Treating Depression with Psilocybin + Therapy
The long-awaited Phase II clinical trial by the Usona Institute was finally published in August. The results are positive and on par with earlier trials. The trial tested 25 mg of psilocybin in combination with talk therapy. The key finding of the 104-person trial is a reduction of 12 points on the MADRS scale (a common measure of depression scores) over placebo (niacin). Interestingly, most participants would not qualify for the label ‘treatment-resistant depression’ (TRD), though initial scores on the MADRS scale were comparable to that in COMPASS Pathways’ Phase 2b trial.
Most striking is the durability of the reduction in depression scores. The effects were seen on day eight (-17.8) and remained until the endpoint on day 43 (-19.1). For the placebo group – which received niacin (arguably not the best placebo as participants are likely to guess that ‘feeling flushed’ isn’t the full-on trip) – the depression score reduction was about 7 points (thus leading to the headline figure of 12 points difference). In the psilocybin group, 42% had a sustained response (>50% reduction) and 25% were in remission (<10 score on MADRS between days 8 to 43).
If we take a look at Blossom’s Originals database (freely accessible), we see that this is the second-largest trial with psilocybin for depression. The COMPASS trial had 233 participants, with 79 receiving the high dose. This study had 104 participants, with 50 receiving psilocybin. The next largest trial for depression compared psilocybin to a common SSRI (59 total, 30 active). All this to say, this study adds a significant amount of data pointing towards the understanding of psilocybin in the treatment of depression. A prominent European trial (EPIsoDE) and the Phase III COMPASS trials are likely the next two, which will help us make sense of this treatment modality.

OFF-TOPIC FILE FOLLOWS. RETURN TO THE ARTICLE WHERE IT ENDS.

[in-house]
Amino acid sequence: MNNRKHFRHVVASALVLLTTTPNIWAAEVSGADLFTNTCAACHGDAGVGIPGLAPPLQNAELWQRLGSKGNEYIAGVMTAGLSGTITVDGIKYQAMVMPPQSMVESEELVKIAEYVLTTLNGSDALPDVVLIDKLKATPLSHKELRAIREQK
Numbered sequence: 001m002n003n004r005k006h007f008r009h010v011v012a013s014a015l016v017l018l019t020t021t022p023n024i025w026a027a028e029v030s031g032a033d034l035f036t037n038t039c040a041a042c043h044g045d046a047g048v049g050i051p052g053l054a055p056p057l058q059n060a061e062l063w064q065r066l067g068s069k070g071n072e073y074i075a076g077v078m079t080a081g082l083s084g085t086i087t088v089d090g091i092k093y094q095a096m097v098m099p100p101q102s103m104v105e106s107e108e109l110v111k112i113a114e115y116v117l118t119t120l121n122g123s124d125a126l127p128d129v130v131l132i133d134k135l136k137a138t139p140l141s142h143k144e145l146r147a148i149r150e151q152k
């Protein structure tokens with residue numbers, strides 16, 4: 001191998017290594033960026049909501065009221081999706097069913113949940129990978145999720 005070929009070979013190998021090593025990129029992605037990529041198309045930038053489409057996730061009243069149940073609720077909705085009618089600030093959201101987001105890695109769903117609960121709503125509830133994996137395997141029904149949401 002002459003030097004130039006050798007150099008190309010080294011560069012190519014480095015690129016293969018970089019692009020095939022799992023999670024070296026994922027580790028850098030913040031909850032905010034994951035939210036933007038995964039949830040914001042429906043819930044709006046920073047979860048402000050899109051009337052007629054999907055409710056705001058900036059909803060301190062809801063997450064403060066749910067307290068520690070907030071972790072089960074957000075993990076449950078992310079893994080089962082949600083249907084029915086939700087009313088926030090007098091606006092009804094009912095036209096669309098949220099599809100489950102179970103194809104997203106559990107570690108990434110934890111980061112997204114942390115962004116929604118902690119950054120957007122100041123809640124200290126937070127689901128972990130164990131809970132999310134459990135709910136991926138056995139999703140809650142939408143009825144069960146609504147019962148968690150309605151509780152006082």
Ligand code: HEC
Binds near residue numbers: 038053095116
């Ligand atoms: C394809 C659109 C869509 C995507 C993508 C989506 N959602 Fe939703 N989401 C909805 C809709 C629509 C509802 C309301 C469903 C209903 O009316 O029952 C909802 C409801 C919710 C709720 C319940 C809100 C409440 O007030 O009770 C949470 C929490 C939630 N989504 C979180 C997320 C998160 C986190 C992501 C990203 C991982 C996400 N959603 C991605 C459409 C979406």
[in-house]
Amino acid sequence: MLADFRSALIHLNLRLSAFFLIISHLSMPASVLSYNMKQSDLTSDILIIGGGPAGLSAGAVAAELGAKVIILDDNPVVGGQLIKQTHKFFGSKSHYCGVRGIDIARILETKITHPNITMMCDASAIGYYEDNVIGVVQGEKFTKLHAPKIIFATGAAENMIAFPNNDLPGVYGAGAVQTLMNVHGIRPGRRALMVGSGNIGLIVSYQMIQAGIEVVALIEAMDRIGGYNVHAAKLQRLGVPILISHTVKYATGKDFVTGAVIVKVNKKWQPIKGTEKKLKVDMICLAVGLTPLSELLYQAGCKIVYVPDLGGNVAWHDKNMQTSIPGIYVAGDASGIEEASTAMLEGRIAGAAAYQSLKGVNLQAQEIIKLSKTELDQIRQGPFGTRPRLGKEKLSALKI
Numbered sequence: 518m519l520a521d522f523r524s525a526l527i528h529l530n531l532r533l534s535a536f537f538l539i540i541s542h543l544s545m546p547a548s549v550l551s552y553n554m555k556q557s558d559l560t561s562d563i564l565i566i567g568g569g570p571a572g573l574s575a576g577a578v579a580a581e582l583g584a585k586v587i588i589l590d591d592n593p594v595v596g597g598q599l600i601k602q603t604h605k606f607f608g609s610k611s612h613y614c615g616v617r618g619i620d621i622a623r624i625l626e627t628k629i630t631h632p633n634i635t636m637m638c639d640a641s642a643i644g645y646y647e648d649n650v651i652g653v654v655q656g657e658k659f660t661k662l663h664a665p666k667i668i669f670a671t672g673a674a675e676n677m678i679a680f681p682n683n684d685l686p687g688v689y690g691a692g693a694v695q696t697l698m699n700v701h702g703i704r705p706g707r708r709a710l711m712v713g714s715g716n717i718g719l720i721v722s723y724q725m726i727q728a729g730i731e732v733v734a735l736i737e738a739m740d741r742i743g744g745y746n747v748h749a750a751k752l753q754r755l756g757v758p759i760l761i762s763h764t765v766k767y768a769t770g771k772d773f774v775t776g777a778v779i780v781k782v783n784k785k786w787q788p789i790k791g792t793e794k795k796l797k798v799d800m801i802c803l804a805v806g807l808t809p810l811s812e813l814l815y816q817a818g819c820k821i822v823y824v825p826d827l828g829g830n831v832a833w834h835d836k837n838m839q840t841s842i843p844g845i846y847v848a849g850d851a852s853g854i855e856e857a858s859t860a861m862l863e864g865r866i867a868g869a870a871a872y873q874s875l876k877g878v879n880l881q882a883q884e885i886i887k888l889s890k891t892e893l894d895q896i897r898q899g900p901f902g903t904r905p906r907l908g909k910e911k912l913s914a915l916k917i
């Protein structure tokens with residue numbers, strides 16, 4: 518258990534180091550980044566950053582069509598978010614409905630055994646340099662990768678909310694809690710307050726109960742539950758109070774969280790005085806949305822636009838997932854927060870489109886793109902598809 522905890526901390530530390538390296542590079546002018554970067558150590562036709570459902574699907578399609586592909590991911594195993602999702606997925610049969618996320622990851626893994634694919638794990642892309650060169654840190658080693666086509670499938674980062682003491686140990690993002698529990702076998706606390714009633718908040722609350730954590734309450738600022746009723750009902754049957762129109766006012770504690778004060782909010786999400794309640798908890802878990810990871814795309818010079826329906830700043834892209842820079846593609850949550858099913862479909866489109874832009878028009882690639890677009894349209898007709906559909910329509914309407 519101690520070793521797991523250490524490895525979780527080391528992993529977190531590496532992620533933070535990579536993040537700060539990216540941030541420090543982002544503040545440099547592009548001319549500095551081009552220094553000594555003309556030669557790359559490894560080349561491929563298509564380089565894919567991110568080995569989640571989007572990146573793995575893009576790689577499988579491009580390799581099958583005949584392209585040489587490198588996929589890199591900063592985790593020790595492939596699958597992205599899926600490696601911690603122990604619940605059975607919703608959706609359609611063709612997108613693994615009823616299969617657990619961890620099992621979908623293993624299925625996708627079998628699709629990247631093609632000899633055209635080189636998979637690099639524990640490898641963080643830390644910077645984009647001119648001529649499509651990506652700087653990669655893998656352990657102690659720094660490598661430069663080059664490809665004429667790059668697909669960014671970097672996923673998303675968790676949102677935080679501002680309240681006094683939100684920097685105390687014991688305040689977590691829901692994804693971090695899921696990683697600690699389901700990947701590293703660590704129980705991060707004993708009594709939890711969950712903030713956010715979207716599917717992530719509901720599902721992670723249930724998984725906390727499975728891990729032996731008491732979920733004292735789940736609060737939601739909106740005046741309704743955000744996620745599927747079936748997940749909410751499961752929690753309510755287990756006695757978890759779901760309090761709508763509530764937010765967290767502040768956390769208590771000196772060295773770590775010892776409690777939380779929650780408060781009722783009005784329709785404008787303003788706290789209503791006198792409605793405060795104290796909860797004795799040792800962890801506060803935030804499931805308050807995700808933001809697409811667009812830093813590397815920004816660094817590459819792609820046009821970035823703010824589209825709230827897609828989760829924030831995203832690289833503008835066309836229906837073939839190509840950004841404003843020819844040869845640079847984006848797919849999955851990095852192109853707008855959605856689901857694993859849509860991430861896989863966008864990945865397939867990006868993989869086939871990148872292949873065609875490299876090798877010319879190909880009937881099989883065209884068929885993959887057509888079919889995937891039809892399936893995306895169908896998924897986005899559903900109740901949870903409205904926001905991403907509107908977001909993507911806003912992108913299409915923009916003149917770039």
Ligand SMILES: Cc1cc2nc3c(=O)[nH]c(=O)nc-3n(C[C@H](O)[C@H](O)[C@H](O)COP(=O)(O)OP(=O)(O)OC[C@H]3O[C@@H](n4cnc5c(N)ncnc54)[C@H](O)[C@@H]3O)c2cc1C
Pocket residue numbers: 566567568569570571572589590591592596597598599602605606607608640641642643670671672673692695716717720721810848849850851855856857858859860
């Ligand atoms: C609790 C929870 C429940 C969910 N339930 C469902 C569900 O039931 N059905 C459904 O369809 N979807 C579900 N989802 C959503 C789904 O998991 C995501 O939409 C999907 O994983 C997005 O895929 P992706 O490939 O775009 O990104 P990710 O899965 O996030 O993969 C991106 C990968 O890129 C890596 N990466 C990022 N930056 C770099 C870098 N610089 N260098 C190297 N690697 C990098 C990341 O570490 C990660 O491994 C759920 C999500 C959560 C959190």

Sticking with the COMPASS studies, a pre-print Blossom previously covered is now out, looking at using Natural Language Processing (NLP) to predict who will respond to treatment. It states that the model can predict who will respond to treatment with 85% accuracy. The implications of this research signal that audio recordings can be used to predict who will respond to treatment and possibly aid in helping identify who would need more support.
A smaller open-label study – also by COMPASS – with 19 participants investigated the effects of psilocybin treatment if people remained on antidepressants (SSRIs). Many studies exclude patients on, or ask them to taper off, SSRIs; but this study found no serious treatment-emergent adverse events or increased suicidality. It did report a significant reduction in the MADRS score of 15 points (falling in the middle of the previously discussed Usona and COMPASS trials).
A meta-analysis searched for the optimal dose in psilocybin-assisted therapy for depression. For primary depression, 25mg (as was used in the studies we just covered) seemed to be the optimal dose.